Millville Army Air Field Museum

by Jessica Westerland | Apr 9, 2015
Millville Army Air Field Museum The Millville Army Air Field Museum exists to preserve U.S. military aviation history, up to and including events like the Middle East conflict, and also to honor veterans and promote aviation for future generations. The Museum programs and tours focus on educating about Millville's vital role in aviation history and the history of the P-47 Thunderbolt –one of the main fighters for the U.S. in World War 2.

The Millville Airport was opened on August 2, 1941, and was dedicated “America's First Defense Airport” by local, state, and federal officials. After less than a year, construction of the military facilities began and, by 1943, the Millville Army Air Field opened as a gunnery school for fighter pilots. Gunnery training began with Curtiss P-40F "Warhawk" aircraft, but soon after the P-40s were replaced by the Republic P-47 “Thunderbolt.” During the three years that it was an army base, thousands of soldiers and civilians served there, with about 1,500 pilots receiving advanced fighter training in the Thunderbolt.

The Millville Army Air Field Museum website has the pictures and histories of the 14 pilots that died while training at Millville, as well as partial lists of the men that trained at the airfield. There is a mural painted by Samuel Donovan at Millville City Hall to represent and honor these fallen men and all the men that fought in WWII for their country, as well as the P-47 aircraft that they flew.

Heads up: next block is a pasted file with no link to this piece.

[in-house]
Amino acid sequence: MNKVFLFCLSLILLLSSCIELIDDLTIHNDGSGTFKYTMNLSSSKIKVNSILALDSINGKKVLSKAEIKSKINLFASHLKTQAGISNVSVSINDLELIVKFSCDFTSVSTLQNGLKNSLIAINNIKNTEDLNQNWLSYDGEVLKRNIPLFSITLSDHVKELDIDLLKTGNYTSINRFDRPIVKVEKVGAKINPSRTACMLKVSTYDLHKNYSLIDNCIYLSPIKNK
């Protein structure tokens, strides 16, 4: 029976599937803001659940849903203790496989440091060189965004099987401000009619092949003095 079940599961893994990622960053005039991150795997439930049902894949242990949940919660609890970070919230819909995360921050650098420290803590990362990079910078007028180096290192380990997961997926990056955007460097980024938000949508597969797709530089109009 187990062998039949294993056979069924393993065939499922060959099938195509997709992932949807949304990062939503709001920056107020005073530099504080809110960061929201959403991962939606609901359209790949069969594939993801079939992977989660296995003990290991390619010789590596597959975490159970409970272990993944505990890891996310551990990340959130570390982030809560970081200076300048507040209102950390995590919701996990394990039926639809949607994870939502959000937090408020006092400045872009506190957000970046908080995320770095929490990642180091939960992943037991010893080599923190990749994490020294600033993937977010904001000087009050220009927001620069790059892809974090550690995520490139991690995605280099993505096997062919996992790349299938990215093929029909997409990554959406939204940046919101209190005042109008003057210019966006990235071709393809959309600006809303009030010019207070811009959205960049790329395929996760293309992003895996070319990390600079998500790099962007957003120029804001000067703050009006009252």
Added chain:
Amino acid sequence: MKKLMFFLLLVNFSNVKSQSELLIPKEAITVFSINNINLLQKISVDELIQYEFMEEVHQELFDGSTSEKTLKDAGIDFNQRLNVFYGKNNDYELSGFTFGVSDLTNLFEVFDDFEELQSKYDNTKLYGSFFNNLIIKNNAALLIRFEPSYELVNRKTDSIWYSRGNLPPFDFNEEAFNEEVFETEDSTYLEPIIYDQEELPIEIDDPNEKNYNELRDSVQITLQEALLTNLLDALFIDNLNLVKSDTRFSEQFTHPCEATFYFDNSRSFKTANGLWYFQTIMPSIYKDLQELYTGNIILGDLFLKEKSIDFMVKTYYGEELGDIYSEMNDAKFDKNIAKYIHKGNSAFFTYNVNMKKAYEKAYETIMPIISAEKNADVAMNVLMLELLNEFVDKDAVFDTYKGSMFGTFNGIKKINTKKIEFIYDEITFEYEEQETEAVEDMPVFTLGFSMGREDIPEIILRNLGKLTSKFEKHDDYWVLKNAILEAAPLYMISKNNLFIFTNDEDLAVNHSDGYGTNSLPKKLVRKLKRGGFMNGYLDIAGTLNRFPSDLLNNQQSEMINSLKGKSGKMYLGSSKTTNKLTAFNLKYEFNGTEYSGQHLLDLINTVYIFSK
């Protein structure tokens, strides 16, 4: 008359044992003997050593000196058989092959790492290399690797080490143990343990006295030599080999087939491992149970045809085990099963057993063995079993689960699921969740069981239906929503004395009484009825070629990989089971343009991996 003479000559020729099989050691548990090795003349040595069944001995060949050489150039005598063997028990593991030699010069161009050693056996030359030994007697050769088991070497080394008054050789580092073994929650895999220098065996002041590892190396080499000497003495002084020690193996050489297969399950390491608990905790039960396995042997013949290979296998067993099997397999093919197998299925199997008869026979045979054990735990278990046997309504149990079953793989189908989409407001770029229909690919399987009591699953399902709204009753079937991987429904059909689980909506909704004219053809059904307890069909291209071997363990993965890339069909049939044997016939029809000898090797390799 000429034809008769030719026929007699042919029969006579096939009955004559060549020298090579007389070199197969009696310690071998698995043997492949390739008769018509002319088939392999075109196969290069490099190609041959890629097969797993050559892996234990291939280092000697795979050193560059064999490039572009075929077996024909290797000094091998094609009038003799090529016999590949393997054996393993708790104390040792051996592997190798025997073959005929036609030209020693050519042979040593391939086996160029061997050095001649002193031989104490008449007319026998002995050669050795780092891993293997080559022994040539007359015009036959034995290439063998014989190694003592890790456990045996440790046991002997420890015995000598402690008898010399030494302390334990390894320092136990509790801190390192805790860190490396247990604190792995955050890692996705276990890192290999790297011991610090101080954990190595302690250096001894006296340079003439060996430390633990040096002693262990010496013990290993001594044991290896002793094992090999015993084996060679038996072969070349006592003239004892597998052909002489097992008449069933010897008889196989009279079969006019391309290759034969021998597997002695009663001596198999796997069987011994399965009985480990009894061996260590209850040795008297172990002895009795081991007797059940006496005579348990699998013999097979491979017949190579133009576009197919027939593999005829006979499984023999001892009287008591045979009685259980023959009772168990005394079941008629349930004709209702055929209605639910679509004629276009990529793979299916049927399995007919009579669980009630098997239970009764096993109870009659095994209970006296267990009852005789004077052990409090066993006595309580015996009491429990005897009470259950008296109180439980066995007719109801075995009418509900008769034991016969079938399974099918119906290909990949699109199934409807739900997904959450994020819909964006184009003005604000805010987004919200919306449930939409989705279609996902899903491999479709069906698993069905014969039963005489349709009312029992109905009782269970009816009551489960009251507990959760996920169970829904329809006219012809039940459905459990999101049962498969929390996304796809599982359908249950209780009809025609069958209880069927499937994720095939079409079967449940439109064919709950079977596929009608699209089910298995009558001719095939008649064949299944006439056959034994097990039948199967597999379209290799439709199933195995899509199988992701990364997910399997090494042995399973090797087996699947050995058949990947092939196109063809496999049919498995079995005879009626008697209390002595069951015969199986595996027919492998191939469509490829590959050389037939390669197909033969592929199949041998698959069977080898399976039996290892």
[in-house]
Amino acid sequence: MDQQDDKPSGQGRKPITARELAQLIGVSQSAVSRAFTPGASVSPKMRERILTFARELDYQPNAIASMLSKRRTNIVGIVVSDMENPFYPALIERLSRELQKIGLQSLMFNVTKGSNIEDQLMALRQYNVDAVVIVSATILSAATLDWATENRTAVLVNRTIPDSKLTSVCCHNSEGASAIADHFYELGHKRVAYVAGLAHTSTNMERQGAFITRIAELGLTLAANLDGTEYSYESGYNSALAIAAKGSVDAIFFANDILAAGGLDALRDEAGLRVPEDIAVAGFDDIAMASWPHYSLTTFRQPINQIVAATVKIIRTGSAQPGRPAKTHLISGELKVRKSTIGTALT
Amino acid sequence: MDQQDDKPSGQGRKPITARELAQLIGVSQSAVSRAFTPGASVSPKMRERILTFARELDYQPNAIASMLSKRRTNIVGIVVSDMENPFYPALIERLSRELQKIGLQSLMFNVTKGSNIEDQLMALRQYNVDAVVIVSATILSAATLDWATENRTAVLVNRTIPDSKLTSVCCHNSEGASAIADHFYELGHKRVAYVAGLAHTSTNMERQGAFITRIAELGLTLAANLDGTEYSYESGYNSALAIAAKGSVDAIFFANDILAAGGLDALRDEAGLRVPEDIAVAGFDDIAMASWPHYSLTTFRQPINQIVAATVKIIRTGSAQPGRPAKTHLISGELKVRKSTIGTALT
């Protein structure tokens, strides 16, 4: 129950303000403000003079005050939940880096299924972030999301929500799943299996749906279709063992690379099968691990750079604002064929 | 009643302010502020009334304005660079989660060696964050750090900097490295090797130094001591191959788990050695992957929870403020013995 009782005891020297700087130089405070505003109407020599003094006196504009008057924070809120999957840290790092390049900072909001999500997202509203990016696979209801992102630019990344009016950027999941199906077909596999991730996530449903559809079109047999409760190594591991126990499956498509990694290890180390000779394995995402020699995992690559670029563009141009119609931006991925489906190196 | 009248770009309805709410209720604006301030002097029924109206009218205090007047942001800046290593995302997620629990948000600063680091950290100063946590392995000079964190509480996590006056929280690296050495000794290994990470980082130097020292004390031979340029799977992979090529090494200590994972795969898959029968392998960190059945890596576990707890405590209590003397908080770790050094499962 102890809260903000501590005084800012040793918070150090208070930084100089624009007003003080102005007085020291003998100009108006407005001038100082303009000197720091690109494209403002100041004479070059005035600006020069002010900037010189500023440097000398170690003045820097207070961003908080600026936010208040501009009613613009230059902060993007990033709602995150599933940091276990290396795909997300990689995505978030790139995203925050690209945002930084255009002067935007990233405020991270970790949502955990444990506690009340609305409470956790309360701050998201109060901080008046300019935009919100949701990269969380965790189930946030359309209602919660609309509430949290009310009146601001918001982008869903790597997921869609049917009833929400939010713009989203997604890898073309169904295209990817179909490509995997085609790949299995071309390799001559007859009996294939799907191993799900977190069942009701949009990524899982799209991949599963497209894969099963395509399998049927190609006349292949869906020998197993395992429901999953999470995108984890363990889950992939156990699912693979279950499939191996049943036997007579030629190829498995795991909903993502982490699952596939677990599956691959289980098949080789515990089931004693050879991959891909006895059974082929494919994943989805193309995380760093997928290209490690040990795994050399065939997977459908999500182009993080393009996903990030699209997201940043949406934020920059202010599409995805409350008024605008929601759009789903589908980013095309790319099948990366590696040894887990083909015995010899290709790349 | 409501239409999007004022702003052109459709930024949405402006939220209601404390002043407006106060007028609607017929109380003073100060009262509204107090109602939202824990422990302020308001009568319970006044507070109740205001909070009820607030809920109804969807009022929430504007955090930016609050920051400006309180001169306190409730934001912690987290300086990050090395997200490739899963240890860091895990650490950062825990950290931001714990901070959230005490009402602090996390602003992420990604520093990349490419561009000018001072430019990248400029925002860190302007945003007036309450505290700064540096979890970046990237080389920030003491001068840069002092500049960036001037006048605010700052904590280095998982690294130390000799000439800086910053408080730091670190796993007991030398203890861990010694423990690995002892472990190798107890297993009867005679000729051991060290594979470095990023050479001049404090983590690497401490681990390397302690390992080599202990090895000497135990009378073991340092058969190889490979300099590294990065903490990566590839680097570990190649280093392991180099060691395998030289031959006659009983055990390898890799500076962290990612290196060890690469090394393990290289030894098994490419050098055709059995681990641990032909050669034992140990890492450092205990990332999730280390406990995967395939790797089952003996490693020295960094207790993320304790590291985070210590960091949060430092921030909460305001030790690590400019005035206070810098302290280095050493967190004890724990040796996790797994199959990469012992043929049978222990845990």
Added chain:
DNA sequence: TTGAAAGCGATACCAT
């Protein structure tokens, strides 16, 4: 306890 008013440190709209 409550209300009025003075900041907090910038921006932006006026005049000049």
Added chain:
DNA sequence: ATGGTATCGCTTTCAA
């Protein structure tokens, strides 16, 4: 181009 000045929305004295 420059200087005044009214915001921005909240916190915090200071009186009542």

After the war, the base was declared unneeded by the government, and was returned to the city of Millville. Most of the airport buildings were converted to apartments for the veterans returning from the war.

Times changed. In the early 1970s, Lewis B. Finch, the Millville Airport Manager, eliminated the last apartments that were former base buildings. He was looking forward to major industrial development at the airport, and increased traffic.

Enter Michael Stowe, and the beginning of the Army Air Field Museum. He was a local who, like the other locals, had known that the airport used to be an army base. He didn’t know any details about its history, but he started to explore underground bunkers just south of the airport.

Stowe began to find related artifacts and collected these and more information for more than 10 years. In 1983, he came to city officials and asked about obtaining a permanent place at the Millville Airport to display the pieces he found. This original collection of artifacts and airfield data “remains the cornerstone of the Millville Army Air Field Museum.”

Today, the museum maintains the historic buildings and historical material, and runs events and a membership program to raise money to keep “the museum moving forward in its mission to preserve Millville's aviation history and honor all veterans.”

The Millville Army Air Field Museum does not charge a membership fee for those who served at Millville Army Air Field; they are given a complimentary life membership in the museum. This applies to all military and civilian personnel assigned to the Millville Army Air Field 1941-1946, and to any US Navy veterans serving at the Millville Airport 1947-1958.